Senator Loren Legarda is organizing efforts for the Philippines to tap the Green Climate Fund (GCF) by the end of this year or early next year, her office said after she returned from a high-level GCF dialogue in Bali last week.
The Green Climate Fund is a fund established by the Parties to the United Nations Framework Convention on Climate Change (UNFCCC) to support climate resilience and mitigation efforts in developing countries. The GCF is intended to provide financing through loans, equity, guarantees, and grants, and requires that beneficiary countries and their proposed projects be accredited, which is the process the Philippines is now working through.
In a statement at the end of the High Level Segment of the Green Climate Fund Structured Dialogue in Asia in Bali, Indonesia last Friday, Legarda said she would convene a national dialogue for stakeholders on the GCF to ensure that the country prioritizes the right programs for funding, and to involve the private sector and non-profit organizations.
Officials of finance and environment ministries from Laos, Nepal, Pakistan, and Malaysia joined Legarda at the high-level conference.
Legarda is the chair of the Senate Committees on Climate Change and Finance.
“We must heighten the level of awareness among our national government agencies and the domestic private sector on the GCF. A national structured dialogue would gather all government agencies concerned and discuss what proposals to pursue. We also need to involve the private sector so that they can also be accredited entities that can access funding from the GCF,” Legarda said.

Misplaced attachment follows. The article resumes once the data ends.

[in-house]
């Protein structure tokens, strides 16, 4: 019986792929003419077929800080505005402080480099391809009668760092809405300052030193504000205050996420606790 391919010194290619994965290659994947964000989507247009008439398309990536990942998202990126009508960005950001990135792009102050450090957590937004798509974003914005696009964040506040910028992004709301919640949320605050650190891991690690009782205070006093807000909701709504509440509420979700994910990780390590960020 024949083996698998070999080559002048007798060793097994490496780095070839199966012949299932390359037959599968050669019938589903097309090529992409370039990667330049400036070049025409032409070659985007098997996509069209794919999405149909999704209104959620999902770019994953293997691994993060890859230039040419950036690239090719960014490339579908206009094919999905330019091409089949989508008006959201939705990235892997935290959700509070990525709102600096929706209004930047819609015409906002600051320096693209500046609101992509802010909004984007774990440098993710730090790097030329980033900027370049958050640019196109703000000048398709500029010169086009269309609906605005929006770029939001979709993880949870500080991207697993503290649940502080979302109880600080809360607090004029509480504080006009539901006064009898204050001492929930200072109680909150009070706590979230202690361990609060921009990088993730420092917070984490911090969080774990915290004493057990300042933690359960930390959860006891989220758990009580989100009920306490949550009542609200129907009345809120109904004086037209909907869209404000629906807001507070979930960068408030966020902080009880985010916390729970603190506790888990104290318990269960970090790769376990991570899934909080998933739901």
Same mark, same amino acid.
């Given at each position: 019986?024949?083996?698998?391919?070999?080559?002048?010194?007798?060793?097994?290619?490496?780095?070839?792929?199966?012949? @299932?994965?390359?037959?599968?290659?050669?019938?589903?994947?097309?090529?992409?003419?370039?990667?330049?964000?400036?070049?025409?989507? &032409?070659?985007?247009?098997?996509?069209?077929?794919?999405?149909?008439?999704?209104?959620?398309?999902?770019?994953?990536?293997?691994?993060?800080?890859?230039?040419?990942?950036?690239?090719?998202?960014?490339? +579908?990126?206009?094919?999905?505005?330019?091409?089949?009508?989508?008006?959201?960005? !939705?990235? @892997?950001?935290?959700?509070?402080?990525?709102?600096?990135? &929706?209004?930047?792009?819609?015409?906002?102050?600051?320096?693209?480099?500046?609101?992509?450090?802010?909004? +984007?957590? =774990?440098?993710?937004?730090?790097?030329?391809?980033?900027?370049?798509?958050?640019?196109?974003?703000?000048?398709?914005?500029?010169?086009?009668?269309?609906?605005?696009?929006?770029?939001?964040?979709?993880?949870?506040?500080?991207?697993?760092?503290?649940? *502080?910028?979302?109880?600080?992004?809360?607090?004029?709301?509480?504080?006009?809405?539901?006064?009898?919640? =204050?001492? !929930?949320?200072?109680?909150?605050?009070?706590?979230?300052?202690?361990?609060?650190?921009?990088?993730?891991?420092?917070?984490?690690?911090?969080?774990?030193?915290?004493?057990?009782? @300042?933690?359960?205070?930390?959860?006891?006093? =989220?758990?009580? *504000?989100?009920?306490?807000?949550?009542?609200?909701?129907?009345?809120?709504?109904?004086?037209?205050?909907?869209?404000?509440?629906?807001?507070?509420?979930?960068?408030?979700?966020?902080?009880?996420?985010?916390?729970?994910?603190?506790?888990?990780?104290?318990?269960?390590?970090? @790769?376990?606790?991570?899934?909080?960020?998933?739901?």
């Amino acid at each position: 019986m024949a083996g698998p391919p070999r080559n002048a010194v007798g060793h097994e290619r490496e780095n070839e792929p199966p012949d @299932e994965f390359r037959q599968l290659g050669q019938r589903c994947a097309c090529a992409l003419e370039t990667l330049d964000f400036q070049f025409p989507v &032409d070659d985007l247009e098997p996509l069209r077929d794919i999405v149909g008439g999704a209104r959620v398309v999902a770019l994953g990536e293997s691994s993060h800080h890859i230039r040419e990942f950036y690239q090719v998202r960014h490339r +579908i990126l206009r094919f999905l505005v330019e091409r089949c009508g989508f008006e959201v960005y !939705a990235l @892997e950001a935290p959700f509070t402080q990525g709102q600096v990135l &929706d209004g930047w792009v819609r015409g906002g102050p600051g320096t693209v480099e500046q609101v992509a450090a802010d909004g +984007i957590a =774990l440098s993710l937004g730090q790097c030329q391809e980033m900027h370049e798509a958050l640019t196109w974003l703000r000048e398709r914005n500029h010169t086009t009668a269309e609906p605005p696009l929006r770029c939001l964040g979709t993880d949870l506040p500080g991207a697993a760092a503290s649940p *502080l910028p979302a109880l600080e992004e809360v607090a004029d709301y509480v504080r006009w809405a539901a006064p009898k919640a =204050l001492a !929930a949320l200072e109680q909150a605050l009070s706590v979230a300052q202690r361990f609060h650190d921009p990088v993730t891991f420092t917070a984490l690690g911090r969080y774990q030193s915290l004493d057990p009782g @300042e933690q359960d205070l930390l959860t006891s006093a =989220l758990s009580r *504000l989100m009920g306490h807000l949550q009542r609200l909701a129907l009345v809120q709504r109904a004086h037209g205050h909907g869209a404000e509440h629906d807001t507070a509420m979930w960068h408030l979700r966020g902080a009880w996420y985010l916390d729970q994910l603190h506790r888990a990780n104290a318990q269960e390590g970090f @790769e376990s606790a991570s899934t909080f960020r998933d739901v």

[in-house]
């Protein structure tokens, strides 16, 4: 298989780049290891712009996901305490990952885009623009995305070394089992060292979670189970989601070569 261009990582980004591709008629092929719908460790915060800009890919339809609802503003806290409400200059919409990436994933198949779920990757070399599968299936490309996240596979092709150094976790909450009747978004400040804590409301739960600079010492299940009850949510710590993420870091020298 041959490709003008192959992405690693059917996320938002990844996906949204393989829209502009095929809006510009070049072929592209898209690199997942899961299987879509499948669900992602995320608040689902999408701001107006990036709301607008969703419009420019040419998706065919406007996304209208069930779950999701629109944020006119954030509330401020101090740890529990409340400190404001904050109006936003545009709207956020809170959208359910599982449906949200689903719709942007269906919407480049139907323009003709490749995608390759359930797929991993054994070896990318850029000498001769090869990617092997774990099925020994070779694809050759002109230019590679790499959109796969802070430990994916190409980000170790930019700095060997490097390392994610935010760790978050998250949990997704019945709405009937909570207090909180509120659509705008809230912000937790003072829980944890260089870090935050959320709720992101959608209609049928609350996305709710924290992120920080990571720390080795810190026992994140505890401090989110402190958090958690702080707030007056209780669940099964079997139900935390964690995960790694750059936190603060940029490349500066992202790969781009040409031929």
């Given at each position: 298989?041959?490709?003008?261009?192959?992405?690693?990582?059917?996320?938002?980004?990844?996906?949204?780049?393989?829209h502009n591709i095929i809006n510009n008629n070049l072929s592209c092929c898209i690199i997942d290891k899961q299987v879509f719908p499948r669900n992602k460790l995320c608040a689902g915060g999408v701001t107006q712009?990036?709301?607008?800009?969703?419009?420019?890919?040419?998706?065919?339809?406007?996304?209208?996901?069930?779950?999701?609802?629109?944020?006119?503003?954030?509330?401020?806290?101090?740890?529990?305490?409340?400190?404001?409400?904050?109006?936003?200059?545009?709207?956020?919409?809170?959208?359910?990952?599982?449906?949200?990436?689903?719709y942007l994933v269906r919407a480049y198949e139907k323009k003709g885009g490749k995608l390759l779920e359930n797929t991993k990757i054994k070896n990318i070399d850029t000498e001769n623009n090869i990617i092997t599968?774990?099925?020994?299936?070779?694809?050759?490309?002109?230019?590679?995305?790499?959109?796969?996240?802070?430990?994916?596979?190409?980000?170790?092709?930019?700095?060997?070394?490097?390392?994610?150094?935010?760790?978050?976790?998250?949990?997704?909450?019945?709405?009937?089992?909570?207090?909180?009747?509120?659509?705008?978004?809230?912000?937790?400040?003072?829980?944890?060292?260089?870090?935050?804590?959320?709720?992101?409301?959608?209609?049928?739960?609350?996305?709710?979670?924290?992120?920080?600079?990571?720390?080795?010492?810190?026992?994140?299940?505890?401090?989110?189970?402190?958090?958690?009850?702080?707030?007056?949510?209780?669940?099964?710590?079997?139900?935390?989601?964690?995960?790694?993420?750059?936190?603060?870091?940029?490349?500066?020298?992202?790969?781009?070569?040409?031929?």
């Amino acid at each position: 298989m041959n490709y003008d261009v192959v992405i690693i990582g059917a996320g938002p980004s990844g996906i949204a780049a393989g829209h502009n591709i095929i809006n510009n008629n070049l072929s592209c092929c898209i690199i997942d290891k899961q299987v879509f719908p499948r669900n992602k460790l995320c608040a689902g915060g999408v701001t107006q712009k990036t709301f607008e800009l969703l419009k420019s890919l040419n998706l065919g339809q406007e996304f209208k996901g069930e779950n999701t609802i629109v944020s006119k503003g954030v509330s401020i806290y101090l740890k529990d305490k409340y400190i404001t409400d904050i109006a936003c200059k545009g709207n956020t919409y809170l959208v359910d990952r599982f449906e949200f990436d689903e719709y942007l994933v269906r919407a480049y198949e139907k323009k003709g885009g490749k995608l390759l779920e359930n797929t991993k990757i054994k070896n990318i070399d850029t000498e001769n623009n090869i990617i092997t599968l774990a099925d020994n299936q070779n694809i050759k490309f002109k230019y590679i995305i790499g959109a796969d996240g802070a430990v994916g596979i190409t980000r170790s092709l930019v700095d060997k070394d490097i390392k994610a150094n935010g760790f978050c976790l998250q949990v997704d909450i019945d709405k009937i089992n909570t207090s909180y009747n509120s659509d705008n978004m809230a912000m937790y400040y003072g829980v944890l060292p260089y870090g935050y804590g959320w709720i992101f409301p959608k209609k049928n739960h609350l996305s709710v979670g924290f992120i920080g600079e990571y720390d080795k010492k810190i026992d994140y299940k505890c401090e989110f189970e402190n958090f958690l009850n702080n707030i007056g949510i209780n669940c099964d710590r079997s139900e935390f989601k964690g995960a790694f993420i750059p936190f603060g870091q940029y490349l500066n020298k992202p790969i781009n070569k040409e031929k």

“We hope that the GCF would expedite the accreditation of our state-owned Land Bank of the Philippines as a national implementing entity (NIE),” she added.
The Senator said that even without an accredited NIE, proposals could be prepared for GCF support for programs such as mangrove, bamboo, and coral reef rehabilitation and protection, and renewable energy projects, particularly in areas still lacking electricity.
Legarda said the government is preparing to submit a grant proposal to GCF by December 2017 titled, “Build the resilience of poor communities in the Philippines,” which would benefit at least 10 million farmers and 500 local government units in at least 19 provinces.
“We must ensure that our programs are transformational as indeed envisioned by the GCF, and that these projects would lead to the implementation of our environmental laws and directly benefit our people. The ongoing Asean Summit in Manila is a venue where these issues can be discussed because nations in Southeast Asia are facing similar problems. Most of us are vulnerable developing nations, but we must translate these challenges into opportunities to promote sustainable and equitable development,” Legarda explained.
Legarda also suggested several areas in which the GCF could expand its policy to address social and economic issues.
“I hope that the GCF can adopt a policy that outlines the rights of indigenous peoples as enshrined in the UN Declaration on the Rights of Indigenous Peoples, and for the Fund to strengthen its country ownership guidelines to include women and indigenous peoples,” she said.
In addition, Legarda suggested that the GCF can devote specific readiness funding for outreach and engagement with civil society organizations and other stakeholders that will help strengthen capacities, understanding, and safeguards on gender and indigenous peoples; and to establish formal engagement and consultation processes with stakeholders, including national coordination mechanisms that allow participatory monitoring in partnership with National Designated Authorities (NDAs).
Legarda has also sought the support of the GCF Secretariat in crafting legislation for the creation of green banks in the Philippines.
“I will lead the development of policy for the creation of green banks for financing climate adaptation and mitigation, as well as disaster risk reduction and management programs, because we need to involve the private sector in striking a balance between economic development and environmental protection,” she said.
Legarda has introduced a measure in the Senate that would establish environmental units in every banking institution to “assess and ensure that projects subject of financing applications as well as collateral offered as security shall conform to environmental laws.”